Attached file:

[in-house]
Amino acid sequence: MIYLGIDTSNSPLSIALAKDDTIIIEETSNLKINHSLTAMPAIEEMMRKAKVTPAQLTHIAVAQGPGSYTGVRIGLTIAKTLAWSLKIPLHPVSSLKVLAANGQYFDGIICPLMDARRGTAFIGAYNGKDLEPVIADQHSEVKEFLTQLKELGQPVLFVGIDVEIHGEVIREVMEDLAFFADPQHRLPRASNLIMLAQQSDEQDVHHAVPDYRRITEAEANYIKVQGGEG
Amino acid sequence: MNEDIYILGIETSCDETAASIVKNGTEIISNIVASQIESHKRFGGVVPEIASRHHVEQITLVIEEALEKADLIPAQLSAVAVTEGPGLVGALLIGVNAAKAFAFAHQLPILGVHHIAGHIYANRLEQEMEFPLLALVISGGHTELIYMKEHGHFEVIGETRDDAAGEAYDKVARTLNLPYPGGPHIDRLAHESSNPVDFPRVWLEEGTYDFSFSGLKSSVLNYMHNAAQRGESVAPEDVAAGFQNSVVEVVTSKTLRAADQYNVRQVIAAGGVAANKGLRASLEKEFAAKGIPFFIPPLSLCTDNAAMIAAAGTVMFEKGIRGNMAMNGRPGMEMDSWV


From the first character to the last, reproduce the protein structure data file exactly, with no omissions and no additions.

[in-house]
Amino acid sequence: MIYLGIDTSNSPLSIALAKDDTIIIEETSNLKINHSLTAMPAIEEMMRKAKVTPAQLTHIAVAQGPGSYTGVRIGLTIAKTLAWSLKIPLHPVSSLKVLAANGQYFDGIICPLMDARRGTAFIGAYNGKDLEPVIADQHSEVKEFLTQLKELGQPVLFVGIDVEIHGEVIREVMEDLAFFADPQHRLPRASNLIMLAQQSDEQDVHHAVPDYRRITEAEANYIKVQGGEG
Amino acid sequence: MNEDIYILGIETSCDETAASIVKNGTEIISNIVASQIESHKRFGGVVPEIASRHHVEQITLVIEEALEKADLIPAQLSAVAVTEGPGLVGALLIGVNAAKAFAFAHQLPILGVHHIAGHIYANRLEQEMEFPLLALVISGGHTELIYMKEHGHFEVIGETRDDAAGEAYDKVARTLNLPYPGGPHIDRLAHESSNPVDFPRVWLEEGTYDFSFSGLKSSVLNYMHNAAQRGESVAPEDVAAGFQNSVVEVVTSKTLRAADQYNVRQVIAAGGVAANKGLRASLEKEFAAKGIPFFIPPLSLCTDNAAMIAAAGTVMFEKGIRGNMAMNGRPGMEMDSWV